The name of political economy has been constantly invoked against every effort of the working classes to increase their wages or decrease their hours of labour. …Take the best and most extensively circulated textbooks. While they insist upon freedom for capital, while they justify on the ground of utility the selfish greed that seeks to pile fortune on fortune, and the niggard spirit that steels the heart to the wail of distress, what sign of substantial promise do they hold out to the working man save that he should refrain from rearing children?[Ibid., p.277]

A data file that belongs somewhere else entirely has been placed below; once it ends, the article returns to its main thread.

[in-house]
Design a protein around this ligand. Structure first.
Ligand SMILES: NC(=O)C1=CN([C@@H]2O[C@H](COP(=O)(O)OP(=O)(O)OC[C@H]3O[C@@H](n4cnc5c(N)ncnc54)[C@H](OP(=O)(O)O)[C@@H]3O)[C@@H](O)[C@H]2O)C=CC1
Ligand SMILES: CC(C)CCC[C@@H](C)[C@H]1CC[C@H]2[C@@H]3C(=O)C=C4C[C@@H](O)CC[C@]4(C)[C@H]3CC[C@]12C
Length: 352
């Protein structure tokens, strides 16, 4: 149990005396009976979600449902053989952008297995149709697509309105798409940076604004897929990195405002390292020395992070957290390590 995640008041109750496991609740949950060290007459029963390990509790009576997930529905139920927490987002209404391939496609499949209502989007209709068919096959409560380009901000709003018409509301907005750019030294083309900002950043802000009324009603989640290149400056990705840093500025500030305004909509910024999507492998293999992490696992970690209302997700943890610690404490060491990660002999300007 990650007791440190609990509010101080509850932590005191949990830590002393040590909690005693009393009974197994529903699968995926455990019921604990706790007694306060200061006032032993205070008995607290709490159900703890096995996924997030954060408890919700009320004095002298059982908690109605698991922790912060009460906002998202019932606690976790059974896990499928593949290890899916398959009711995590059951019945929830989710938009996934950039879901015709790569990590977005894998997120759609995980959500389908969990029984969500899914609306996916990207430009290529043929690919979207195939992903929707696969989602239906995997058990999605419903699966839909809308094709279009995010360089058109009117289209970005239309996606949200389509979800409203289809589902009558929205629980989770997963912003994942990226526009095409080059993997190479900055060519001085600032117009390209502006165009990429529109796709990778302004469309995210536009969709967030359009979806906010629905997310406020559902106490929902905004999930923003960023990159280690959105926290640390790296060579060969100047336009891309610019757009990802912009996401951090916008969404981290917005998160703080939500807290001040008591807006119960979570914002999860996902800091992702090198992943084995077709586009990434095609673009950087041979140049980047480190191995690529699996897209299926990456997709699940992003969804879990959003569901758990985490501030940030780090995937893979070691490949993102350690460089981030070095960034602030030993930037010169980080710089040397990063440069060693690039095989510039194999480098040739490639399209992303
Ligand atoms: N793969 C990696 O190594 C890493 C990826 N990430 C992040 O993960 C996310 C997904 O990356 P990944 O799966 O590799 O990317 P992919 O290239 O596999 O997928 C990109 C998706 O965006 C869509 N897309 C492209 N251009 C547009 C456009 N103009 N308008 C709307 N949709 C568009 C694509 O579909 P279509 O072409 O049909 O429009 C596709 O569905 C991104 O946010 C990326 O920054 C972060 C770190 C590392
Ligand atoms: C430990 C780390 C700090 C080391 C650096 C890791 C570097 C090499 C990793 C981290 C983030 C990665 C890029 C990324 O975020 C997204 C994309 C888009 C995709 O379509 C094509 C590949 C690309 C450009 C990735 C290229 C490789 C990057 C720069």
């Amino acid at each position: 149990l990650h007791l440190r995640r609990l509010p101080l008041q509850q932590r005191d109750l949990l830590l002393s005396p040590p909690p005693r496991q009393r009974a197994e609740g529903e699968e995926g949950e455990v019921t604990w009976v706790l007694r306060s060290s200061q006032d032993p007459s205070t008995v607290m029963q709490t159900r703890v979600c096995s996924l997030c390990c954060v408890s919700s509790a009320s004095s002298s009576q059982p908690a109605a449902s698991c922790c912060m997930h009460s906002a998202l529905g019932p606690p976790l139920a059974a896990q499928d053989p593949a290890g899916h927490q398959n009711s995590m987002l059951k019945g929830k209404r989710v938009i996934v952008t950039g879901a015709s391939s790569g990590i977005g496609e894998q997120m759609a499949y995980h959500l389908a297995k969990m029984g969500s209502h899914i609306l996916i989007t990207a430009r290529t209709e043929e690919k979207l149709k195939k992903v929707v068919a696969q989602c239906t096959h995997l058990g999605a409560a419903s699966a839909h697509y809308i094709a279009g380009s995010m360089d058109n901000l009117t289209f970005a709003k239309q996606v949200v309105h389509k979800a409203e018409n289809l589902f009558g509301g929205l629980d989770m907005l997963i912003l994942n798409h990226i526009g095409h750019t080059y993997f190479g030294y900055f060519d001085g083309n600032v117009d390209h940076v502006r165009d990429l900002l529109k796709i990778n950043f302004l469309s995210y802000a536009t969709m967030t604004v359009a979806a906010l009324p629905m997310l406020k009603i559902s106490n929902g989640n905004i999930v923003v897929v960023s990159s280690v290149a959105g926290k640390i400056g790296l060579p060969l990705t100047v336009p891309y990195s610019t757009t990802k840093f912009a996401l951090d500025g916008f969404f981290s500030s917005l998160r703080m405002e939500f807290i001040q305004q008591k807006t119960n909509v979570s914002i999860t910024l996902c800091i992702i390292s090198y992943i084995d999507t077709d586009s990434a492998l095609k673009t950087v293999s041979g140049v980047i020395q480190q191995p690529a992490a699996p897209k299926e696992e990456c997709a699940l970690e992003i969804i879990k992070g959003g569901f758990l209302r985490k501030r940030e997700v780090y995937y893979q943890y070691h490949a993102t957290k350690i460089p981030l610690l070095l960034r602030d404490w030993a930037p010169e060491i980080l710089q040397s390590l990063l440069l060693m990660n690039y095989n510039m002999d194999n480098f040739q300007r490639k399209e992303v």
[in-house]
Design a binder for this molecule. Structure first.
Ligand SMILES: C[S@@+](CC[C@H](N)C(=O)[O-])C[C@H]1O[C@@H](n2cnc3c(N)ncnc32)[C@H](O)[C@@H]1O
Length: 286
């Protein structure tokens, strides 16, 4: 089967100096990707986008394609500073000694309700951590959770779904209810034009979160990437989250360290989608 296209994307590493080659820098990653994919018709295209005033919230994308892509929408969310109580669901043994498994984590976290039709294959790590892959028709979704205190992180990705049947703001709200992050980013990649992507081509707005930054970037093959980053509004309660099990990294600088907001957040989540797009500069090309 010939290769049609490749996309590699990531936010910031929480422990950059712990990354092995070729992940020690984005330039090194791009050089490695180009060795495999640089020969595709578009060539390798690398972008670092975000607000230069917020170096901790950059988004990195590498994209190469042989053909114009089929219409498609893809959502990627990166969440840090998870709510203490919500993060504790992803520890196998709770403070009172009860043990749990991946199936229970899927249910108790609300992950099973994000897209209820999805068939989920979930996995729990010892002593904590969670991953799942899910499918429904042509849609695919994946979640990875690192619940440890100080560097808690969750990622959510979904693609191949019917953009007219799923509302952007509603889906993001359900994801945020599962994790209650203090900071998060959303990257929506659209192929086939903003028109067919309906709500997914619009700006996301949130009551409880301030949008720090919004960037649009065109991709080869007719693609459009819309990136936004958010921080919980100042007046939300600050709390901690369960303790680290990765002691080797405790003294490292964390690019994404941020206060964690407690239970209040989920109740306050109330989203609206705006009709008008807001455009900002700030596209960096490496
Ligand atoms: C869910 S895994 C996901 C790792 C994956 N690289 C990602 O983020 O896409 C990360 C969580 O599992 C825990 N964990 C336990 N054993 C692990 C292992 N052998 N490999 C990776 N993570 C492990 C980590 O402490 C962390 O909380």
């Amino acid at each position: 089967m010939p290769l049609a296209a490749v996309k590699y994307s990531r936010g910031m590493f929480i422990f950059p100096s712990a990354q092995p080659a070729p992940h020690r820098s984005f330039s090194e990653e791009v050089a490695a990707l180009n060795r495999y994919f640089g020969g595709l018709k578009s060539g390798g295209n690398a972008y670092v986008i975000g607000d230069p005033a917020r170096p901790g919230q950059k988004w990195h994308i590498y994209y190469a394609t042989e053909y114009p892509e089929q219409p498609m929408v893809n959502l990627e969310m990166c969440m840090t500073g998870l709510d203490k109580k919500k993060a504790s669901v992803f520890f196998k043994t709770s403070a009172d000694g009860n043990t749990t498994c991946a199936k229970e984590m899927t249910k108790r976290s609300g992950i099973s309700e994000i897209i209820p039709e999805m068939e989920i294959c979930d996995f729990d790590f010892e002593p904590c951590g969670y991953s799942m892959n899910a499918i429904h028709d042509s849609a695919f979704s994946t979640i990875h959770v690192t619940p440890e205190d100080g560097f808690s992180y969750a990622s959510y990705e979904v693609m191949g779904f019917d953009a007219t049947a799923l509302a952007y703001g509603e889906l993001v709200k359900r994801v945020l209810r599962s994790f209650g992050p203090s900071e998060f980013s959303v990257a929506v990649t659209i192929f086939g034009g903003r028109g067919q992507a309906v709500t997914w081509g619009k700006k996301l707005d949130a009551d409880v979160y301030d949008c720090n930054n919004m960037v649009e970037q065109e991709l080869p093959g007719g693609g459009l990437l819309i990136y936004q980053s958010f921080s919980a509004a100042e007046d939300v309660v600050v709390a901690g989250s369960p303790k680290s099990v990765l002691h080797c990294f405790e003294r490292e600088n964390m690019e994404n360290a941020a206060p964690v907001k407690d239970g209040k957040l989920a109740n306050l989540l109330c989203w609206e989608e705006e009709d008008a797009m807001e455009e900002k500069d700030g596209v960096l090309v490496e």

For political economy thus degraded from its high place and become the slut of private interest, Henry George proposed to do what Tom Paine had done for political theory a hundred years before-he would transfer it from the closet to the market-place by exposing the shabby arcana imperii and bringing it within the comprehension of common men. He would bring home to the popular intelligence a realization of the dynamics of economic law and its bearing upon social well-being, that men might plot a fairer course for society. This was the deeper purpose of Progress and Poverty -- to humanize and democratize political economy, that it might serve social ends rather than class exploitation. The Rights of Man and Progress and Poverty may be reckoned complementary works, applying to related fields the spirit released to the modern world by the great thinkers of Revolutionary France. The foundations on which they both rest is the eighteenth-century conception of natural law, all-comprehensive, beneficent, free, enshrined in the common heart of humanity, and conducting to the ultimate of social justice.